She attended his graduation ceremony last spring. When I asked if she would not have found him without the A.I. software, she said, “The data we receive gives me a better connection to our students.”
Expect sunshine today and a high in the mid-70s. At night, temperatures will dip to a low around 58.
In effect until Monday (Yom Kippur).
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Benedict Arnold: Not forgotten, not forgiven
The seaport city of New London, Conn., hasn’t forgiven the infamous Revolutionary War turncoat Benedict Arnold for leading a British raid in September 1781 that left the sky clouded by smoke and dozens of people dead.
So, as one scholar put it, the town that Arnold burned down now burns him in effigy.
Arnold hasn’t been forgotten in New York, either. Next week the New York State Museum in Albany will put a medal on display that was given to one of the three colonials who foiled his treasonous plot to surrender the strategic American fort at West Point, N.Y., to the British.
The effigy-burning is street theater organized by a troupe called Flock Theater to reanimate a New London tradition in early September, around the time Arnold torched the town’s homes and shops. David Calder, who researches street theater and is a senior lecturer at the University of Manchester — in, yes, Britain — said that rather than being “a vindictive, vengeful thing,” the New London event “seems like this very playful, triumphant statement of survival and continuity.”
Arnold had risen to the rank of major general in the colonial army, but as the war slogged on, he fed information to the British. His betrayal crushed George Washington, said Eliot Cohen, the author of “Conquered Into Liberty,” about early American military struggles: “If Arnold could be a traitor, who could we trust?”
That idea swirled through New London before Mayor Michael Passero lit a torch to the Arnold effigy. “This fellow, who we thought was one of us, he turns on us,” said Robert Lecce, who works as a re-enactor at a colonial-era museum in Norwich, Conn., the town where Arnold was born.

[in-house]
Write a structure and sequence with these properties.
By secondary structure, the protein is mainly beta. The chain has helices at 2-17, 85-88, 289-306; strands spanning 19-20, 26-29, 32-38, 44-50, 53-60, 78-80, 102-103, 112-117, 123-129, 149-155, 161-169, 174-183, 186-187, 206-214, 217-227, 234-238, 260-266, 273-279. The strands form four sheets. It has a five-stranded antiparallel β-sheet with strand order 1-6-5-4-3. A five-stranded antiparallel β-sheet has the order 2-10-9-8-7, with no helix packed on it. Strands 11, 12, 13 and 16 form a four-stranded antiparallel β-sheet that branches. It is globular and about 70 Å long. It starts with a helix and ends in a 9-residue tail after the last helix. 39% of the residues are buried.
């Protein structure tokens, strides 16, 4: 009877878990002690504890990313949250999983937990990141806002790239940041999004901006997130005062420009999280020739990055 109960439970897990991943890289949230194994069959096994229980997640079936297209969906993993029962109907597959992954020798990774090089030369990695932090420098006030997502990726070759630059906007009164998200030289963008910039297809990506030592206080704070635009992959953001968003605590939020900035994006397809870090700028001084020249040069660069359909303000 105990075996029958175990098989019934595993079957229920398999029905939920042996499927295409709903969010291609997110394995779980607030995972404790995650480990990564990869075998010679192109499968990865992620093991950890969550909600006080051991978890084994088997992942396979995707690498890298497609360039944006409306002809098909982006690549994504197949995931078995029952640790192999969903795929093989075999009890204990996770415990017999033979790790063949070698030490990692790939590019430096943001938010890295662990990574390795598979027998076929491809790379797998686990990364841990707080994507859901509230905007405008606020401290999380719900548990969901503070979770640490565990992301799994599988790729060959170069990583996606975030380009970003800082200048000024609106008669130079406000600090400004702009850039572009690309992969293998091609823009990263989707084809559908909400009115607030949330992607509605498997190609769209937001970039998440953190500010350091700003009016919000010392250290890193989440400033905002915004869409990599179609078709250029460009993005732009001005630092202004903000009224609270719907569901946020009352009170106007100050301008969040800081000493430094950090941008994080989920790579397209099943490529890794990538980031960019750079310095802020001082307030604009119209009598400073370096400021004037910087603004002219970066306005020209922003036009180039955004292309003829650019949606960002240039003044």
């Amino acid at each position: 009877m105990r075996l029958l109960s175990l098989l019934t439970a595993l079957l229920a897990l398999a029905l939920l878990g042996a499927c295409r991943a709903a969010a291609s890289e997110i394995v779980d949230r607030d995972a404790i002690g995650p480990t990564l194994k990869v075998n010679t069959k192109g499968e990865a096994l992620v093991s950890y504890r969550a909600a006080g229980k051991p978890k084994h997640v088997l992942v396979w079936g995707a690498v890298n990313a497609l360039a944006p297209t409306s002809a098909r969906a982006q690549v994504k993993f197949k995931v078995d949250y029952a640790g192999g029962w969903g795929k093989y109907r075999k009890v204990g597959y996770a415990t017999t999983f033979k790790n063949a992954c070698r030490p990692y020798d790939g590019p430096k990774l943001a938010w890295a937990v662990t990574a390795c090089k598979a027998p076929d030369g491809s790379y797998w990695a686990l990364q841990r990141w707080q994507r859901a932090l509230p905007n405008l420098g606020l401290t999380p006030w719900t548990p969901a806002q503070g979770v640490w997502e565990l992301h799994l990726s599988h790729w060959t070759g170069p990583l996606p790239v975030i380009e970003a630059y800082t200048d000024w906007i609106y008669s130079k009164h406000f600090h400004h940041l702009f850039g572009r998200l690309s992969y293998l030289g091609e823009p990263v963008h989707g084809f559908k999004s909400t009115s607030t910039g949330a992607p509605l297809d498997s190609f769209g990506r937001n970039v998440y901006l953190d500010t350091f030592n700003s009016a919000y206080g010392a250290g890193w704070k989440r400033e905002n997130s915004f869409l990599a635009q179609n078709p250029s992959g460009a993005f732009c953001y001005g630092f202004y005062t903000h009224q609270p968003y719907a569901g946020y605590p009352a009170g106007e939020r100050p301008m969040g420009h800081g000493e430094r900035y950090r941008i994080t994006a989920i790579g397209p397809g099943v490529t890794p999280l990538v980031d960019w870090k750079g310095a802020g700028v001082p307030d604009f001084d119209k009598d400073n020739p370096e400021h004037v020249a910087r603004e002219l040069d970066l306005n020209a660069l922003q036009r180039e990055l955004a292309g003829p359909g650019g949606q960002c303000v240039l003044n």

As for the medal, Washington presented it to Isaac Van Wart, who with two other New York militiamen captured Major John Andre and exposed what Washington called “the villainous perfidy” of Arnold’s West Point plot. Eventually Andre was hanged; Arnold fled behind British lines.
Van Wart and his fellow militiamen were recognized with medals. The Van Wart medal remained in the family and was the prized possession of a descendant who kept it in a shoe box under her bed. She died in 2020, and it was donated to the museum in February. (Judith Price, the president of the National Jewelry Institute, wrote in 2011 that the other two were stolen from the New-York Historical Society in the 1970s.)
I’m about six feet tall and in my early 70s. As long as the wind is not blowing too hard, I’m comfortable going out for a walk in just a light, long-sleeved sport shirt and no coat even when the temperature falls into the low 30s.
It was on just such a cool day that I set out from the Upper West Side to cross Central Park and spend a couple of hours at the Metropolitan Museum of Art.
As I walked east along 72nd Street, a woman who was probably in her 80s and headed in the opposite direction walked up to me briskly and jabbed her right index finger toward my chest.
“Young man,” she said, “you go right home and put on a jacket.”
— Spencer Karpf
Illustrated by Agnes Lee. Send submissions here and read more Metropolitan Diary here.
Glad we could get together here. See you tomorrow. — J.B.
P.S. Here’s today’s Mini Crossword and Spelling Bee. You can find all our puzzles here.
Kellina Moore, Amelia Nierenberg and Ed Shanahan contributed to New York Today. You can reach the team at [email protected].